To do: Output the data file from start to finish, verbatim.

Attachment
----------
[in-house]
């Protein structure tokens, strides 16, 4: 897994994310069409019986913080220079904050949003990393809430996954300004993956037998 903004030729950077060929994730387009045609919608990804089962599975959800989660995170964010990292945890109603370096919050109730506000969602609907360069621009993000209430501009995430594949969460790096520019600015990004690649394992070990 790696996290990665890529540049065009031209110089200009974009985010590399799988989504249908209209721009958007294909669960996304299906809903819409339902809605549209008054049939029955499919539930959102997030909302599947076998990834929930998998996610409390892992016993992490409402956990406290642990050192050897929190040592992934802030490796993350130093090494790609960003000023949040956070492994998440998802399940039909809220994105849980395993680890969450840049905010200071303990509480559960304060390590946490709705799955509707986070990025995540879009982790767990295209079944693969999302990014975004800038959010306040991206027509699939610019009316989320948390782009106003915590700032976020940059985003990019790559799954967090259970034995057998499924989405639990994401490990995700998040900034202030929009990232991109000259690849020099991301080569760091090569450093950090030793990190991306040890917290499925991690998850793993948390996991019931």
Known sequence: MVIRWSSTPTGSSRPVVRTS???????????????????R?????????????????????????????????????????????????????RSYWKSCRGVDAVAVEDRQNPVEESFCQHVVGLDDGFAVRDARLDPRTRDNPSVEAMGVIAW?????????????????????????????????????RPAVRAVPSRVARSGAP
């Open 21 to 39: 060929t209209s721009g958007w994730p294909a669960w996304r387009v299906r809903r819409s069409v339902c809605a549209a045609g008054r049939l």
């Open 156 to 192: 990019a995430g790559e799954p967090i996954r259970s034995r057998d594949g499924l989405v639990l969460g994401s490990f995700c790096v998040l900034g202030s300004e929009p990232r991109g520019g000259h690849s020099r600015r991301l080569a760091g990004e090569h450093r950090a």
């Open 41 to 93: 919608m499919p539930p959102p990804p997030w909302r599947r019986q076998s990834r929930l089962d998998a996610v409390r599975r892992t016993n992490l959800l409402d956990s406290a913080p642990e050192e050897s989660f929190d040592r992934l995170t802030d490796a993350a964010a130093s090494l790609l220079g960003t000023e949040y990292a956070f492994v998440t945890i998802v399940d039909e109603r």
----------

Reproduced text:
[in-house]
């Protein structure tokens, strides 16, 4: 897994994310069409019986913080220079904050949003990393809430996954300004993956037998 903004030729950077060929994730387009045609919608990804089962599975959800989660995170964010990292945890109603370096919050109730506000969602609907360069621009993000209430501009995430594949969460790096520019600015990004690649394992070990 790696996290990665890529540049065009031209110089200009974009985010590399799988989504249908209209721009958007294909669960996304299906809903819409339902809605549209008054049939029955499919539930959102997030909302599947076998990834929930998998996610409390892992016993992490409402956990406290642990050192050897929190040592992934802030490796993350130093090494790609960003000023949040956070492994998440998802399940039909809220994105849980395993680890969450840049905010200071303990509480559960304060390590946490709705799955509707986070990025995540879009982790767990295209079944693969999302990014975004800038959010306040991206027509699939610019009316989320948390782009106003915590700032976020940059985003990019790559799954967090259970034995057998499924989405639990994401490990995700998040900034202030929009990232991109000259690849020099991301080569760091090569450093950090030793990190991306040890917290499925991690998850793993948390996991019931």
Known sequence: MVIRWSSTPTGSSRPVVRTS???????????????????R?????????????????????????????????????????????????????RSYWKSCRGVDAVAVEDRQNPVEESFCQHVVGLDDGFAVRDARLDPRTRDNPSVEAMGVIAW?????????????????????????????????????RPAVRAVPSRVARSGAP
């Open 21 to 39: 060929t209209s721009g958007w994730p294909a669960w996304r387009v299906r809903r819409s069409v339902c809605a549209a045609g008054r049939l």
């Open 156 to 192: 990019a995430g790559e799954p967090i996954r259970s034995r057998d594949g499924l989405v639990l969460g994401s490990f995700c790096v998040l900034g202030s300004e929009p990232r991109g520019g000259h690849s020099r600015r991301l080569a760091g990004e090569h450093r950090a």
């Open 41 to 93: 919608m499919p539930p959102p990804p997030w909302r599947r019986q076998s990834r929930l089962d998998a996610v409390r599975r892992t016993n992490l959800l409402d956990s406290a913080p642990e050192e050897s989660f929190d040592r992934l995170t802030d490796a993350a964010a130093s090494l790609l220079g960003t000023e949040y990292a956070f492994v998440t945890i998802v399940d039909e109603r």